A back dial includes direct-access buttons for ISO sensitivity, white balance, focus mode and drive mode. There's also a vertical subdial. The combination of the two dials is pleasing, and both feel relatively responsive and comfortable to operate.
The prettily inset mode dial atop the left side of the camera offers the standard manual and semi-manual PASM modes, plus movie capture, a variety of scene modes, intelligent auto and access to the six art filters. Next to the shutter is a dedicated exposure-compensation button.
An info button at the bottom right cycles through numerous (some might say too many) display choices: a two-axis digital level, detailed current settings, basic settings plus a histogram or AF area, selectable thumbnail previews of exposure or white-balance compensation, scale/grid display or image only.
You can also pull up Olympus' typical 'super control panel', an overstuffed display where you can adjust the most frequently needed shooting settings plus some not-so-frequently used ones, like white-balance compensation, sharpness, contrast, saturation, gradation, black and white filter and 'picture tone'. There's a much more useful, simplified version in which you cycle around the outer edge of the display to adjust shutter speed, aperture, white balance, drive mode, image stabilisation mode, aspect ratio, image size and quality, flash options, ISO sensitivity, metering, autofocus, face detection and AF target.
For such a compact model, the 14-42mm (28mm-84mm equivalent) kit lens can be pretty sharp. It does much better at macro distances than at traditional ones, however. Overall, it delivers about the same shooting experience as the 18-55mm lenses from Canon and Nikon, with the exception of manual focus.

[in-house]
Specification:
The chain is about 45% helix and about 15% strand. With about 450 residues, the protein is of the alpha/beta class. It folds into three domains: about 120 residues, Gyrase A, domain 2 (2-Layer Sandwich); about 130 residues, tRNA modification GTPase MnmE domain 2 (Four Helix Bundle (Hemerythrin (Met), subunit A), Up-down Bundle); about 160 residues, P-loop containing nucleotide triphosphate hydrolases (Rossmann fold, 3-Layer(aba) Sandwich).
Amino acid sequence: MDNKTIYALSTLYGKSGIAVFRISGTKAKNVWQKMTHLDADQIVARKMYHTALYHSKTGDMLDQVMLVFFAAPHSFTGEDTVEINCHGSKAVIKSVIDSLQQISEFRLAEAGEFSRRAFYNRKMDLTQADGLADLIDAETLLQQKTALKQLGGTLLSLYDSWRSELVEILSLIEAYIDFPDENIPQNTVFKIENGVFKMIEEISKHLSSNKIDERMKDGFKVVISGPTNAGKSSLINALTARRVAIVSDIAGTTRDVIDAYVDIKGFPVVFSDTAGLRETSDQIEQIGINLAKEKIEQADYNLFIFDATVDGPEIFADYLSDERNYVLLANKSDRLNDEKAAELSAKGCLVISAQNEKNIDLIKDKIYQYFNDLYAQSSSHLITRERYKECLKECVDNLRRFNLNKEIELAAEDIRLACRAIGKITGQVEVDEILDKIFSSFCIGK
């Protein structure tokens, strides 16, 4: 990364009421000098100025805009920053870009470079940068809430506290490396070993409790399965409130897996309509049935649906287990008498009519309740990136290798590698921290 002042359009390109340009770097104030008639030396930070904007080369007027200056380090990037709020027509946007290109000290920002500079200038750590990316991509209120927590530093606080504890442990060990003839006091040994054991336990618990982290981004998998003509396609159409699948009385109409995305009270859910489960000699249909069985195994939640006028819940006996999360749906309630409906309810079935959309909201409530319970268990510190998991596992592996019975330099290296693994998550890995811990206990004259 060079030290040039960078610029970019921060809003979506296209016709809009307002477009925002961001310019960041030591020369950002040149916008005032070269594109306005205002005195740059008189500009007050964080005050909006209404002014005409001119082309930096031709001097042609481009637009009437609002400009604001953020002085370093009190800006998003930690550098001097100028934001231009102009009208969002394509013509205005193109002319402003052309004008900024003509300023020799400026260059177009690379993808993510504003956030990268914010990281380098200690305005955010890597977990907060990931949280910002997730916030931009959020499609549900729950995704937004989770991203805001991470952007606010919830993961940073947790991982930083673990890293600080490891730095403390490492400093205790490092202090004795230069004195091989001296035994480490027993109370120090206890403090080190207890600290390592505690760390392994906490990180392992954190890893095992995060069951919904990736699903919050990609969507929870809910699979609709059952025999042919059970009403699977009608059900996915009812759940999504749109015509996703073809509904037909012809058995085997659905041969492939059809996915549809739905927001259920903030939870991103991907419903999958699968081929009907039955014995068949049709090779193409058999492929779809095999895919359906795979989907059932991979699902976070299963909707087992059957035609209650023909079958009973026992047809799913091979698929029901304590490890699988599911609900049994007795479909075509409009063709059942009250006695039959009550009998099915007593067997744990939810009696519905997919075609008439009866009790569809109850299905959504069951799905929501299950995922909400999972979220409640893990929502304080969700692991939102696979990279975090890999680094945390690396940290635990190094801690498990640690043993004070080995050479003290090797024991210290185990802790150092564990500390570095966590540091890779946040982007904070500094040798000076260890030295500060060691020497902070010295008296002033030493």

Although the manual focus rings on those lenses don't feel particularly fluid, they at least use a traditional geared mechanical operation. Like its Micro Four Thirds counterparts from Panasonic, the Olympus uses a servo-electronic ring, resulting in the infinite-rotation experience -- it's not bad, just relatively loose and imprecise, and it takes some getting used to. The way you can retract the lens into itself when not in use is quite ingenious, however, and makes the difference between being able to slip the camera into a large jacket pocket and requiring a carrying case. Of course, if you're looking for the most compact solution, you'll have to opt for the aforementioned 17mm lens, which also has the advantage of a wider maximum aperture.
Olympus offers optional adaptors for Four Thirds mount lenses (MMF-1) and for the older film OM lenses (MF-2). Surprisingly, shooting with the relatively big and heavy (and pricy) 12-60mm f2.8-4 lens via the adaptor felt surprisingly well balanced -- usually solutions like these feel clunky -- although one-handed shooting is out of the question.
Unfortunately, the E-P1 seems to suffer from a sluggish AF system and is crying out for a firmware upgrade. It powers on and shoots in about 2.2 seconds, a reasonable duration. But in our performance tests, shot lag (the time it takes to focus and shoot) with the kit lens in good light ran at about 1.3 seconds and rose to 1.6 seconds in dim light. While it doesn't feel quite that slow in practice -- if it were, it'd be close to unusable for all but landscapes and still lifes -- it still feels slower than it ought to.